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What Should You Do To Maintain (Or Rebuild) Your Jaw Bone Following Dental Implants?

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For many Americans dealing with periodontal disease or other dental conditions that can cause tooth loss, dental implants provide a path back to health. Unlike removable bridges and dentures, these implants quickly integrate into your bone to become a part of your dental structure, and with a 98 percent success rate, they're generally a good investment in your health. However, the success of these implants largely depends on the strength of the jaw bone anchoring them into place. If you're dealing with bone loss or osteoporosis, you may find it more difficult to maintain your dental implants. Read on to learn more about some therapies and treatments that can help you improve the bone density in your jaw and reduce the odds of implant failure.

Why is bone density so important when it comes to dental implants?

Dental implants are composed of two main parts -- a ceramic or porcelain crown that mimics the look and function of your natural tooth, and a titanium or other surgical metal pin that travels from this crown through your dental socket and into the bone of your jaw. Generally, this titanium rod will be placed first and allowed to heal before the crown is attached. Over time, the bone around the insertion site will begin to grow over the titanium rod, fusing it firmly into place so that it is indistinguishable from the surrounding natural teeth.

While this process (known as osseointegration) is relatively quick, those dealing with osteoporosis or low bone density due to genetics or medication may find the healing process much slower and more cumbersome. In some cases, continued bone loss in the jaw could cause these titanium rods to become loose, working their way out of the jaw and leading to implant failure. If there is no longer enough jaw bone to anchor these implants, you'll instead need to investigate dentures or bridges.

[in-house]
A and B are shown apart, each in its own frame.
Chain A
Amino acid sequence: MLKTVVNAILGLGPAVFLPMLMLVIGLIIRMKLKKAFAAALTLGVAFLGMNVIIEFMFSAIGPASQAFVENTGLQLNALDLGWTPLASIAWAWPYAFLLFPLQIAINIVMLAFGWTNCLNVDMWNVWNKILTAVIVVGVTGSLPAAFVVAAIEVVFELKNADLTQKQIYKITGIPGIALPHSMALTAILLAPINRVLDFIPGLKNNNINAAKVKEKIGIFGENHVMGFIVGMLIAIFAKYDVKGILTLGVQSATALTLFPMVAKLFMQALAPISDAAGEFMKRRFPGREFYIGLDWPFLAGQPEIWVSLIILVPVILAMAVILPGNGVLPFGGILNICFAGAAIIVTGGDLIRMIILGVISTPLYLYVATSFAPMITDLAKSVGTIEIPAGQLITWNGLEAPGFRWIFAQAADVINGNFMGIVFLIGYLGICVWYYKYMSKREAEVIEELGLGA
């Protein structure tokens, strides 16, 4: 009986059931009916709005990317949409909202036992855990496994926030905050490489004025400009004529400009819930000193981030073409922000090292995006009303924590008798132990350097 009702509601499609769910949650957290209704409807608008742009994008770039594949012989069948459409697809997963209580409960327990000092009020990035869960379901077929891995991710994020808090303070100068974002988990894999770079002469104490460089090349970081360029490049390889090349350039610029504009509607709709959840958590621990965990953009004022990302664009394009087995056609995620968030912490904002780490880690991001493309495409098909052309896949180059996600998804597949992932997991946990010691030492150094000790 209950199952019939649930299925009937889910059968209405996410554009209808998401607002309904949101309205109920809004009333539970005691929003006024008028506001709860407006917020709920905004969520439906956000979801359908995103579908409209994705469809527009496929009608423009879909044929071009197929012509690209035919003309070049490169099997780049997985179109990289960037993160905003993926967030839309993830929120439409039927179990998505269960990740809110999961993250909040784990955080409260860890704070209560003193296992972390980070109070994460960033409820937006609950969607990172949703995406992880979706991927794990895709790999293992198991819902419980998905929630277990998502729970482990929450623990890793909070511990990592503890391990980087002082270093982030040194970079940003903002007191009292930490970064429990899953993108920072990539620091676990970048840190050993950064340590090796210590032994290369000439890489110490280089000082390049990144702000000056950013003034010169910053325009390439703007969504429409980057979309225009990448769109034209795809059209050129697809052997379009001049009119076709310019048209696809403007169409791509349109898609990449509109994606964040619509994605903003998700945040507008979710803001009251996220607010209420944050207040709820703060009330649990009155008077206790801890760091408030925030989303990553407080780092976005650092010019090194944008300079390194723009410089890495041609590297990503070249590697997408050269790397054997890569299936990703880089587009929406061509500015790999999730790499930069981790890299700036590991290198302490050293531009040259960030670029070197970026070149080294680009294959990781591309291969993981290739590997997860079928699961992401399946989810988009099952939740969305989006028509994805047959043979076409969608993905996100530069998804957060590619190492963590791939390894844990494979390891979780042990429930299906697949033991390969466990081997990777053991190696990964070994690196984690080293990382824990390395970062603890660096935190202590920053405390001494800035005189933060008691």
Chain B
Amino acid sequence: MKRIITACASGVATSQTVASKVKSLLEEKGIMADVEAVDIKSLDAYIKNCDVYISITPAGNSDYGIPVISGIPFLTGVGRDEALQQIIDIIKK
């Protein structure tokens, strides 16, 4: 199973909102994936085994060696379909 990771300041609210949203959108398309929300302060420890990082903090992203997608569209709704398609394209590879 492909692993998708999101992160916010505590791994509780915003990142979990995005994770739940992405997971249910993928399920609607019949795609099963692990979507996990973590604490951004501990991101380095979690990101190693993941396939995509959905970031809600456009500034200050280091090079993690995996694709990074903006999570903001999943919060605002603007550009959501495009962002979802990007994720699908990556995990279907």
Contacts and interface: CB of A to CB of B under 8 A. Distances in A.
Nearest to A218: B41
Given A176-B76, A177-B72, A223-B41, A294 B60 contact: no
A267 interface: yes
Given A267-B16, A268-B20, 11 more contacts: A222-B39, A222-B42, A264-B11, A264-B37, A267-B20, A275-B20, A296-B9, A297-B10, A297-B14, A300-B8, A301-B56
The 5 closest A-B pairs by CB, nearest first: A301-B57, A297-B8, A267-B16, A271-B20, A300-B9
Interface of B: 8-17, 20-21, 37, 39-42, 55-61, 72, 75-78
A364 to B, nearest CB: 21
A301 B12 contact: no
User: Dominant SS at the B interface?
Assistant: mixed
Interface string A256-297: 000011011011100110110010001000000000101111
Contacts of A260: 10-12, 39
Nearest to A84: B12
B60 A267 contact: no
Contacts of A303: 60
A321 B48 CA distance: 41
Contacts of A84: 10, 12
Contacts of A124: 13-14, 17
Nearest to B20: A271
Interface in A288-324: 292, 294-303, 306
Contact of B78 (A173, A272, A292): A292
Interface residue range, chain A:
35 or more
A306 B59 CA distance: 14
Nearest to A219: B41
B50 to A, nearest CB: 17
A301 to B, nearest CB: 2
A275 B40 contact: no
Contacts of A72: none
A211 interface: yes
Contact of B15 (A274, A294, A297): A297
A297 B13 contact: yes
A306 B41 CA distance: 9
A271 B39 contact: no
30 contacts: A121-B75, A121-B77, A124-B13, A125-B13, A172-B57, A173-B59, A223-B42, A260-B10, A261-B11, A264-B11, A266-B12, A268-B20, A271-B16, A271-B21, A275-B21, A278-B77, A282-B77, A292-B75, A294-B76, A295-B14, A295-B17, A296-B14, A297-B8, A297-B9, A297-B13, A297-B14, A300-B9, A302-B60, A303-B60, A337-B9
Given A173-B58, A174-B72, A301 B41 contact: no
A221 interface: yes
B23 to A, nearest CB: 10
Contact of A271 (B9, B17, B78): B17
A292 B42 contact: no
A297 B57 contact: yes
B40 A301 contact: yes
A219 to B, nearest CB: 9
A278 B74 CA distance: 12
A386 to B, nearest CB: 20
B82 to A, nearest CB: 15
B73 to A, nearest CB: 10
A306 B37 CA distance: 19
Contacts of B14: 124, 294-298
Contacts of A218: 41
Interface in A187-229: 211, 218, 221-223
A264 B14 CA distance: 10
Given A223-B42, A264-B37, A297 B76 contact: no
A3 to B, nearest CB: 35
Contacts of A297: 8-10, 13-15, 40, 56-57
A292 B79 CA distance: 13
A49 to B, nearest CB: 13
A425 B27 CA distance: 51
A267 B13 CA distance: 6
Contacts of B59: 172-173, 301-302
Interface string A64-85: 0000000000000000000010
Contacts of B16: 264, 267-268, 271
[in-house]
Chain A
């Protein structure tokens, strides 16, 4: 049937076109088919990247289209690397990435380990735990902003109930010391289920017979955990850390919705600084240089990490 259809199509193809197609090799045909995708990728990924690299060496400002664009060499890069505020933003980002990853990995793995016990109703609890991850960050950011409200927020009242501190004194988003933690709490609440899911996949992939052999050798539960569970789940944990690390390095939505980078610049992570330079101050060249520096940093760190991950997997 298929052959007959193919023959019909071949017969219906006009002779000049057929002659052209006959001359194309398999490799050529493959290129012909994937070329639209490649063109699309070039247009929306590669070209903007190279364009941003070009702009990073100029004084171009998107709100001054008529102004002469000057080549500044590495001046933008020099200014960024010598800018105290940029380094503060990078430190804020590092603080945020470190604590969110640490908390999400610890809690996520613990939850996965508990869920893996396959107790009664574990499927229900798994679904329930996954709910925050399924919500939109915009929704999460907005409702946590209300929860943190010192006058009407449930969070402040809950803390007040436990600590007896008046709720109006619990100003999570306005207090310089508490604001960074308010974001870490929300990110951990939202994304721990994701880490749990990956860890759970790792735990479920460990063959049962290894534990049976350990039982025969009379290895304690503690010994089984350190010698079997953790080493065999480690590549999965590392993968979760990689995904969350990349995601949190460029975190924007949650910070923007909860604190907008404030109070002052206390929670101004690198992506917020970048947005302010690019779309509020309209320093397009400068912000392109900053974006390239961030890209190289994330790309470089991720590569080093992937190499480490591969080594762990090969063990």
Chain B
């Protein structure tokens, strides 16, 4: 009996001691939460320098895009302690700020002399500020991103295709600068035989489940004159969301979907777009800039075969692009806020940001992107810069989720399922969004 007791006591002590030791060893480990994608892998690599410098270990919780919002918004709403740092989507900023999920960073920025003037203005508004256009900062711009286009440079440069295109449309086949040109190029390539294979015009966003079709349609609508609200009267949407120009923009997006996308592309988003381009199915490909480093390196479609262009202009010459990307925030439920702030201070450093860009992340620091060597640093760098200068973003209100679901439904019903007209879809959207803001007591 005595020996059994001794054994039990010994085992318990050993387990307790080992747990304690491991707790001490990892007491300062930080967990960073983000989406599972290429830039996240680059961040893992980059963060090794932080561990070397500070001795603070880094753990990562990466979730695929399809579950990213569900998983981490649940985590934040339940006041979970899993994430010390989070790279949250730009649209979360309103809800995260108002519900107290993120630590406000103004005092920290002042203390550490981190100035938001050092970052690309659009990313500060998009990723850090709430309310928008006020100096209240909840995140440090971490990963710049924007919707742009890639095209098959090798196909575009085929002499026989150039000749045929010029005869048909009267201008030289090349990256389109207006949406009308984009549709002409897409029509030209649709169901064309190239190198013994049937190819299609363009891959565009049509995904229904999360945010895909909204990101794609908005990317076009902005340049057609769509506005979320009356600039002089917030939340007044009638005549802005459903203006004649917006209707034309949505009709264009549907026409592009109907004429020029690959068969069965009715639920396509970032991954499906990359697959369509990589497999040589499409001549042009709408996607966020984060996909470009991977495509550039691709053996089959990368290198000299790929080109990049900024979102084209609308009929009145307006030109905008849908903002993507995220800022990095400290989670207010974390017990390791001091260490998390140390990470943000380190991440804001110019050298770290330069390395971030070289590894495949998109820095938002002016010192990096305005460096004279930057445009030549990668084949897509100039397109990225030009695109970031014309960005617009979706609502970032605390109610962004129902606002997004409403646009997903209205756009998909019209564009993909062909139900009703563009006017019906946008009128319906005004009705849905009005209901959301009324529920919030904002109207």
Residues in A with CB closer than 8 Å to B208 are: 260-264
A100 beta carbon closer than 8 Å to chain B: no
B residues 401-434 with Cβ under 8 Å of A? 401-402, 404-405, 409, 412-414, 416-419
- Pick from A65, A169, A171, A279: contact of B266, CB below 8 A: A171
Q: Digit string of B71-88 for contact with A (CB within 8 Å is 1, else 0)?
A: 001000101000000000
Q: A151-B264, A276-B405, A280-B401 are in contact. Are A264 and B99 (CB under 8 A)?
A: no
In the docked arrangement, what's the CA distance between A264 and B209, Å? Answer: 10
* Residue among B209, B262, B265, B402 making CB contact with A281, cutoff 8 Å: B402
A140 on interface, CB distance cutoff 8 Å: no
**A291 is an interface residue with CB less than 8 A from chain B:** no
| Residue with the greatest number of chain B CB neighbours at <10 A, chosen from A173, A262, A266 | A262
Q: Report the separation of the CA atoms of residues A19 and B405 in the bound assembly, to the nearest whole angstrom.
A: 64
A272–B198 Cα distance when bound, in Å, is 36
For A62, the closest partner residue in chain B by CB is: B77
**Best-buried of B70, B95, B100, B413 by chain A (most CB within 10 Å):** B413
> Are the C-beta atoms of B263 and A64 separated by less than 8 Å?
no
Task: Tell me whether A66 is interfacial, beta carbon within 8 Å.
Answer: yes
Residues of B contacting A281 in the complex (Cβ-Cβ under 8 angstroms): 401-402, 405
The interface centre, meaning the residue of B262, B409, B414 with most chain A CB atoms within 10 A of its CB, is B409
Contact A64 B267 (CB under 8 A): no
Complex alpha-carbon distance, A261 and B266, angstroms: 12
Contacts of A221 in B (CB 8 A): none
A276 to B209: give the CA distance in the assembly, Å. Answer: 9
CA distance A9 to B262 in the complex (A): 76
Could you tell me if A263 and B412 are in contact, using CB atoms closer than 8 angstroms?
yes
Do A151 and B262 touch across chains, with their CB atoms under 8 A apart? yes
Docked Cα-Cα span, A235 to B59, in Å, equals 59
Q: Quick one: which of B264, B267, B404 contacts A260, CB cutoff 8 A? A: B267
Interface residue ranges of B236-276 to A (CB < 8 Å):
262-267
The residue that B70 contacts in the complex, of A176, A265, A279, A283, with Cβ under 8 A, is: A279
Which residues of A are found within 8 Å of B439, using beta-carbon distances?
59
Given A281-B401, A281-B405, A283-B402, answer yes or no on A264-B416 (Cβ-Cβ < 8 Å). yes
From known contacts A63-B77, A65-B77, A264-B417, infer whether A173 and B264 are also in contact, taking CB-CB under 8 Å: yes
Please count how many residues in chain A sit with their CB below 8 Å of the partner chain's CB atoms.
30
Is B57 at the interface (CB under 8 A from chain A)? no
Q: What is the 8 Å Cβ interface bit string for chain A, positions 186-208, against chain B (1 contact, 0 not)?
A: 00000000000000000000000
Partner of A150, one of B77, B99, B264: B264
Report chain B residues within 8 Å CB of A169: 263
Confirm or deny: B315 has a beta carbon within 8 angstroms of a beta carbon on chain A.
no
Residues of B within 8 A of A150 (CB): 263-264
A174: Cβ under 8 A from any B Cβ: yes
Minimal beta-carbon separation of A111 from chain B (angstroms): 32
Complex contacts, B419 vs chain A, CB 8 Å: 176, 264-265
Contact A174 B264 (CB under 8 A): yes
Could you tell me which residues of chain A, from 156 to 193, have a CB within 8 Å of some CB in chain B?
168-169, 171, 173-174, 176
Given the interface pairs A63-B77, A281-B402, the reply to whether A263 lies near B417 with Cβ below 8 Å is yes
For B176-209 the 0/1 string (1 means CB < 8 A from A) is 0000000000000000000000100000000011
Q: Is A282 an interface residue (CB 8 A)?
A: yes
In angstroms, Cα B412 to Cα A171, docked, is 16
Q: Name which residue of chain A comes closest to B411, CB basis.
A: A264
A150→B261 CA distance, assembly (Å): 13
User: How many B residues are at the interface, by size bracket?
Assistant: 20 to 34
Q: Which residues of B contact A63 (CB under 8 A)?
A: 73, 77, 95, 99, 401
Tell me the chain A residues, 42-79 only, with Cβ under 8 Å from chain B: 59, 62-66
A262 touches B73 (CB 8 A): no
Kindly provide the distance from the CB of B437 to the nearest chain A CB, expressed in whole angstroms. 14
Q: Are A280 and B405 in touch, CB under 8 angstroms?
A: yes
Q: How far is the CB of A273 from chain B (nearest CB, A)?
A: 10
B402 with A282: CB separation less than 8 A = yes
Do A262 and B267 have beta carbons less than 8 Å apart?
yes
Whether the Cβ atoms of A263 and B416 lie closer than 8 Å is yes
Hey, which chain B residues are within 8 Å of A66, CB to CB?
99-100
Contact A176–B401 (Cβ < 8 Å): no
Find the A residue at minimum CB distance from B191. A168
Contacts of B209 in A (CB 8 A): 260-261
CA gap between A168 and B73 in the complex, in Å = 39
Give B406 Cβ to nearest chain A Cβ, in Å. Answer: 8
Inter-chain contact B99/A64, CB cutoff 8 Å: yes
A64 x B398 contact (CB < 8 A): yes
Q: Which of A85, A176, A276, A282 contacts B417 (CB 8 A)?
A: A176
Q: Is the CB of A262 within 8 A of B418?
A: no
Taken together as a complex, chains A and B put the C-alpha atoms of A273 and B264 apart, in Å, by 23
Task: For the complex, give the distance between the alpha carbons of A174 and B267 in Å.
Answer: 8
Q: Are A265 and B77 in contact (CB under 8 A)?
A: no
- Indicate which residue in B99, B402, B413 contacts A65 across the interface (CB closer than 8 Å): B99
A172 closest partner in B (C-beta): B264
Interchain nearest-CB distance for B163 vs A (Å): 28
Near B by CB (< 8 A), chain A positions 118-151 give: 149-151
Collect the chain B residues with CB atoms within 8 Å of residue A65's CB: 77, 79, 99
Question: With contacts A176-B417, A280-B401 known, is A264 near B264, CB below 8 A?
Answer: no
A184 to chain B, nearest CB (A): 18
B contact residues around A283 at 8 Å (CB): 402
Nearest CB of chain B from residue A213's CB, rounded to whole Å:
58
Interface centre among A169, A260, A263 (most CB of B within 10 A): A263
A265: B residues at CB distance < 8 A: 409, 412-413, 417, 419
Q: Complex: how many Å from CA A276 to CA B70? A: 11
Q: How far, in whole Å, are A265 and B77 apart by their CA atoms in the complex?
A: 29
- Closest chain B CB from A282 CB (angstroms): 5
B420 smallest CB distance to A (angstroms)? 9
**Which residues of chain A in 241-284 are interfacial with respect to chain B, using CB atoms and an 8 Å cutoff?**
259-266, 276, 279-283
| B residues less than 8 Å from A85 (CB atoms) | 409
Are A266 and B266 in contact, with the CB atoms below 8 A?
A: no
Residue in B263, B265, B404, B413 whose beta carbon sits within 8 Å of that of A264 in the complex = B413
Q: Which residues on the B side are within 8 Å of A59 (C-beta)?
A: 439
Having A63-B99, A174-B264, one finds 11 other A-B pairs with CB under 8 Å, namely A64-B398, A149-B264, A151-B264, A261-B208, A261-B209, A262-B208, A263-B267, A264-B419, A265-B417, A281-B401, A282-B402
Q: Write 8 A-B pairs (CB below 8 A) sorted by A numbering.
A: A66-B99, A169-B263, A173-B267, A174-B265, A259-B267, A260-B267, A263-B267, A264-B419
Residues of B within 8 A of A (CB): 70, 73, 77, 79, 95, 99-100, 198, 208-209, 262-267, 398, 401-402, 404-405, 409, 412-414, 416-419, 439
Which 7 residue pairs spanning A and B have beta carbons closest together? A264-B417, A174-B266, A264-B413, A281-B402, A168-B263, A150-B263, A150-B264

What can you do to stop the effects of bone loss?

If you've already had your implants placed and have been diagnosed with osteoporosis or told your bones are beginning to weaken, you may want to start with nutritional supplements and a diet overhaul designed to build bones. By increasing your intake of calcium and Vitamin D, you should be able to stop your body from leaching calcium from your bones for nutrition. When combined with other therapies like weight-bearing exercises, this may even help you rebuild density in your weakened bones. Depending upon the speed with which you're losing bone density, your doctor may also prescribe a stronger osteoporosis treatment drug that will rebuild bone more quickly than the long-term supplements are able to manage on their own.

Before beginning to take any new supplements or medications (even over-the-counter supplements), it's important to review all drugs you're taking with your doctor or dentist. This will ensure you end up with the most beneficial supplements for your needs and can avoid any potentially harmful drug interactions. 

For situations in which your dental implant has already begun to fail, you may be able to permanently strengthen your jaw bone and retain the implant by having a biological prosthesis implanted. Scientists recently developed a 3D-printed jaw composed of a mixture of bone powder and surgical plastic as a "scaffold" to encourage further bone growth. As the tiny gaps in the implant fill with bone, the calcium polyphosphate used to create the implant's bulk will eventually degrade and be harmlessly absorbed by your body, leaving a denser jaw bone that can better support your implants. This should be able to simultaneously protect your dental implants while preventing your jaw bone from further eroding. 

For more information, contact a local dental clinic like Tijeras Dental Service